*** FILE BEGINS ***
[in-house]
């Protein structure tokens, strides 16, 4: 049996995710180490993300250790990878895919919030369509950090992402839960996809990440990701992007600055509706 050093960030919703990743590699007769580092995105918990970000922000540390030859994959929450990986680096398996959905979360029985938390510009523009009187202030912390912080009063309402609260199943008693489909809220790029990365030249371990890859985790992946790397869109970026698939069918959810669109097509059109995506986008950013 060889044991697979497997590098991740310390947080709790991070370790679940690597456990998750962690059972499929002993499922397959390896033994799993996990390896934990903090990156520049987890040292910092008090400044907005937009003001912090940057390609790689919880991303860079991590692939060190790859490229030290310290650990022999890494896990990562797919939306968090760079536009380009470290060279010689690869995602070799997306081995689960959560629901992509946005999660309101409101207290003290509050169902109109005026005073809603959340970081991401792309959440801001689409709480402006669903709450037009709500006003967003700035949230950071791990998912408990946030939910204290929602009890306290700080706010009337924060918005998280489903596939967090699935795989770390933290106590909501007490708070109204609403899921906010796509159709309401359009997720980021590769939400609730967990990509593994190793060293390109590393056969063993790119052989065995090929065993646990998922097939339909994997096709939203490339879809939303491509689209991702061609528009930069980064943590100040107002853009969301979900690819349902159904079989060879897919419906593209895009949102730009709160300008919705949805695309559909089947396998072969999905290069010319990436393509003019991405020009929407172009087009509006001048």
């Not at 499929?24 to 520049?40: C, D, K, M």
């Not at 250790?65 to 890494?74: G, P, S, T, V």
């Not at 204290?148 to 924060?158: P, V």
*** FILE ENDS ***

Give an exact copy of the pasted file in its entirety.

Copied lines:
[in-house]
């Protein structure tokens, strides 16, 4: 049996995710180490993300250790990878895919919030369509950090992402839960996809990440990701992007600055509706 050093960030919703990743590699007769580092995105918990970000922000540390030859994959929450990986680096398996959905979360029985938390510009523009009187202030912390912080009063309402609260199943008693489909809220790029990365030249371990890859985790992946790397869109970026698939069918959810669109097509059109995506986008950013 060889044991697979497997590098991740310390947080709790991070370790679940690597456990998750962690059972499929002993499922397959390896033994799993996990390896934990903090990156520049987890040292910092008090400044907005937009003001912090940057390609790689919880991303860079991590692939060190790859490229030290310290650990022999890494896990990562797919939306968090760079536009380009470290060279010689690869995602070799997306081995689960959560629901992509946005999660309101409101207290003290509050169902109109005026005073809603959340970081991401792309959440801001689409709480402006669903709450037009709500006003967003700035949230950071791990998912408990946030939910204290929602009890306290700080706010009337924060918005998280489903596939967090699935795989770390933290106590909501007490708070109204609403899921906010796509159709309401359009997720980021590769939400609730967990990509593994190793060293390109590393056969063993790119052989065995090929065993646990998922097939339909994997096709939203490339879809939303491509689209991702061609528009930069980064943590100040107002853009969301979900690819349902159904079989060879897919419906593209895009949102730009709160300008919705949805695309559909089947396998072969999905290069010319990436393509003019991405020009929407172009087009509006001048």
């Not at 499929?24 to 520049?40: C, D, K, M």
């Not at 250790?65 to 890494?74: G, P, S, T, V």
């Not at 204290?148 to 924060?158: P, V």